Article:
Chance Farrar grew up with a bunch of brothers and thinks he's found a way to make MMA more exciting: add more bodies.
The WEC vet and promoter of Desert Rage Full Contact Fighting is holding an event that features two-on-two MMA fights.
"We started trying it in the gym, and it's been successful," he told MMAjunkie.com (www.mmajunkie.com
). "It's nothing short of controlled chaos, but exciting. You can't predict what's going to happen."
The event, "Desert Rage 11: Revenge at Paradise," takes place Oct. 20 at Paradise Casino in Yuma, Ariz.
Farrar, who is semiretired, said the fights will be contested under the Unified Rules of MMA with the exception of no elbows and knees allowed. Two referees will corral a foursome in a 30-foot cage.
Things get even more interesting when a combatant is stopped by strikes, submission, or referee stoppage. Farrar said a one-minute rest is called to give officials time to remove the eliminated fighter, and the round then resumes.
The fight ends, obviously, when one sides loses both fighters. If an eliminated fighter is unable to leave the cage within the one-minute period, the other side wins by forfeit. Rounds will be five minutes each with a one-minute rest period between each round, as with standard pro MMA bouts. But Farrar said there will be no limit to how many rounds a fight can go.
As far as weight classes, a team's collective bulk is added together to classify their division. The lightweight class is 350 pounds and under; middleweight is 425 pounds and under; and heavyweights tip the scales at 500 pounds and under.
Farrar said the individual weights of each team don't matter, so, in theory, a 300-pound fighter could be paired with a 125-pound fighter and qualify for middleweight.
During his first experiments with the multi-opponent format, Farrar said fighter teams initially found themselves cornered inside the cage. Later, they worked to create distance from each other, in effect creating two individual fights during the action. Nevertheless, the action was always decisive.
"This fight does not last," he said. "That's why I'm bringing it to Desert Rage. I think the fans want to see it."
Farrar created Desert Rage Full Contact Fighting in 2007. A former border patrol sniper and sometime pro fighter in San Diego, he moved back to Arizona and became the owner of the Arizona Athletic Club where UFC vets Edgar Garcia and Efrain Escudero trained.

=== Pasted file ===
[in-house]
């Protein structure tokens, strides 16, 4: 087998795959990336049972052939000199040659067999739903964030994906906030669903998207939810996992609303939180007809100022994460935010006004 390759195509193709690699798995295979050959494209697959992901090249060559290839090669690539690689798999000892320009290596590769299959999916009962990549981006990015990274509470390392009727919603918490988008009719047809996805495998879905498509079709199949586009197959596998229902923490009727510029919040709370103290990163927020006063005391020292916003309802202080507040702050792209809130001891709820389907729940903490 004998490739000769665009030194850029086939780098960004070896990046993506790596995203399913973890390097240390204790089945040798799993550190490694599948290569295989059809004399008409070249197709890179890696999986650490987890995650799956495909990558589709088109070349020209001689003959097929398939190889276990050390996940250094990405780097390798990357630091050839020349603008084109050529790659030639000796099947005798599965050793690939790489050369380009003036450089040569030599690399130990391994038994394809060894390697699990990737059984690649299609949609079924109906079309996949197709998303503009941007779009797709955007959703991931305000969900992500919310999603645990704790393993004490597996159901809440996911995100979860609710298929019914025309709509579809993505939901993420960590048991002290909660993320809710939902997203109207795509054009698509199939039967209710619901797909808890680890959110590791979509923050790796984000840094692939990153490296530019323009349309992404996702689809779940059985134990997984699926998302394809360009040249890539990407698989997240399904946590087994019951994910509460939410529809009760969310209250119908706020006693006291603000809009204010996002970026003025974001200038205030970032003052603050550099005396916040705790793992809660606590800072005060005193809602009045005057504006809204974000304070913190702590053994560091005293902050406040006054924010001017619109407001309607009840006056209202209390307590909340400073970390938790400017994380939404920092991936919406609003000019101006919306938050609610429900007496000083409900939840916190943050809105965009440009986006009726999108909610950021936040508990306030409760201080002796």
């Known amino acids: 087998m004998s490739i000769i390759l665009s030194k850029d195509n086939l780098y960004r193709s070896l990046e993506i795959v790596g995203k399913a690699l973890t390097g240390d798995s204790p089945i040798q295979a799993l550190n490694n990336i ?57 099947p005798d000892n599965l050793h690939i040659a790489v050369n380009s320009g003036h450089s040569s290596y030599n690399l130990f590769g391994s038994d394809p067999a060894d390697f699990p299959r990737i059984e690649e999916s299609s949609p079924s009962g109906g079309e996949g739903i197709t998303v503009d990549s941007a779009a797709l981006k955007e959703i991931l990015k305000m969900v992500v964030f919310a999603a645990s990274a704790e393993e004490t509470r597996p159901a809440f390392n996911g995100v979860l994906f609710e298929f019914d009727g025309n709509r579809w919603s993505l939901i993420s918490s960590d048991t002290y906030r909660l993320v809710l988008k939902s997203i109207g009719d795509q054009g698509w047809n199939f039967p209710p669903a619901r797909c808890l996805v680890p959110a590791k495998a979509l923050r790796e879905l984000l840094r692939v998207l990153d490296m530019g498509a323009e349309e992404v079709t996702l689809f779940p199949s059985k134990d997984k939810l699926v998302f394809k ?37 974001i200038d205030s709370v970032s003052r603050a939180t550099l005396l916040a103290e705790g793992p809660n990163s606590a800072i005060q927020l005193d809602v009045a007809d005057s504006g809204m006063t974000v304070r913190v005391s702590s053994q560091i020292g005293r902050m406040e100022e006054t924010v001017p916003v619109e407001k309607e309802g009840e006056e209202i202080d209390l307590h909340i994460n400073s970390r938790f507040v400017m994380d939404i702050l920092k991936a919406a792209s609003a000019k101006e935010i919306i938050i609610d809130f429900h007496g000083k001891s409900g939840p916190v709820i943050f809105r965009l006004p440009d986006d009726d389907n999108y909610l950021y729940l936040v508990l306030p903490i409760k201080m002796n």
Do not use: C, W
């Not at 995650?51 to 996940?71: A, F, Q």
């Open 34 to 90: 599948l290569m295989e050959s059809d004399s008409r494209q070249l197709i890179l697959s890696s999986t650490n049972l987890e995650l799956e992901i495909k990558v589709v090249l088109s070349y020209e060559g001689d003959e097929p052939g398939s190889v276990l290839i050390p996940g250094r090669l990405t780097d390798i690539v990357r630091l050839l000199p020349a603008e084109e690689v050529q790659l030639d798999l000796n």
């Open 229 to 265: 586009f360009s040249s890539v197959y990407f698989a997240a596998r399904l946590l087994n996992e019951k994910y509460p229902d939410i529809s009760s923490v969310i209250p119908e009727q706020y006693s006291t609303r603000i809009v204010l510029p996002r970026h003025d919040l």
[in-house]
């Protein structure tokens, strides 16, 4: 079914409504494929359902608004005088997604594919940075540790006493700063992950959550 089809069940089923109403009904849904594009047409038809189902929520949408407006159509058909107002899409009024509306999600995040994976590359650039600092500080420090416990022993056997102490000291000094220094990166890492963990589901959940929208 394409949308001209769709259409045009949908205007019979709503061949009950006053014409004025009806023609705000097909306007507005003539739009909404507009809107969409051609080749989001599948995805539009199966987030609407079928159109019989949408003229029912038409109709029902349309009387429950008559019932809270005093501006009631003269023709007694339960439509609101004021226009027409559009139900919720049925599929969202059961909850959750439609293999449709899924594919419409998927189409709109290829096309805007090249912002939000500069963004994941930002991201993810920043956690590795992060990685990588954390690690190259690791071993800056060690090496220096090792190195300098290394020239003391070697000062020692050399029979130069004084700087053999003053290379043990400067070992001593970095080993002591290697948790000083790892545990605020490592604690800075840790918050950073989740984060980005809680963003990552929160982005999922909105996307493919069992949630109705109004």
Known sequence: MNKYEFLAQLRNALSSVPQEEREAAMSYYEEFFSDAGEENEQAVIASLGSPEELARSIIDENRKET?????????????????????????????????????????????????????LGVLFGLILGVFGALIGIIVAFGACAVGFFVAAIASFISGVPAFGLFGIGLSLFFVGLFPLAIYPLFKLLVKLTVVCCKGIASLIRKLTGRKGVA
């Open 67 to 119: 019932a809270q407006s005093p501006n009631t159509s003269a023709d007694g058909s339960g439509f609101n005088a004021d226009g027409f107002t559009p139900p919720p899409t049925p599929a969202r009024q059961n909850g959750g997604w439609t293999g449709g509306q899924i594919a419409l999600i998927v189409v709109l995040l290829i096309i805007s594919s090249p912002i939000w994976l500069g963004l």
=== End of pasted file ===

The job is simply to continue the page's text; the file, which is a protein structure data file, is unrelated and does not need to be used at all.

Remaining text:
In a 2011 lawsuit, Bellator Fighting Championships sued Farrar, a former consultant, for interfering with its business in promoting a Desert Rage Event close to a Bellator event, among other claims. Faraar called the lawsuit "frivolous" and said it was dismissed.
"That definitely put a dent in my drive, because that's not my day job," he said. "That's all in the past now. I'm just trying to have a good time with this, and I think this show is going to brand our name."
A fight card emailed to MMAjunkie.com shows a two-on-two bout already booked for the event, which he expects to put on YouTube. He said four more teams have volunteered to compete at his next show.
Still, the 37-year-old Farrar said he encountered skepticism about the new format from the gaming commission that oversees the Paradise Casino, but sold them on the idea. He didn't approach the Arizona Boxing Commission, which oversees combat sports in the state but doesn't have sovereignty over the venue.
"People are trying to pawn it off as some kind of gang fight," he said. "That's not the case. The people fighting at this time are … the lower level guys that are crazy enough to attempt it.
"I'm a huge MMA fan and the last thing I want to do is bring anything less than pride to this sport. But I do believe that there's a lot of merit, and it's definitely not a tag-team. People want to paint it as a sideshow. That's definitely not the case. This is a serious fight, and there's a lot of team aspects that are added that are exciting."
Although he noted that he wasn't required to staff the event as would a commission-run show, Farrar said an ambulance and cageside doctor would be present at the show, and fighters would be tested for communicable diseases. He added the fights would be considered pro despite not reporting the outcome of team bouts to official record keepers.
"In our opinion, it's actually safer than a one-on-one fight," he said. "There's no elevated risk to the fighters. There's no blow that they could sustain in a two-on-two that they couldn't sustain in a one-on-one.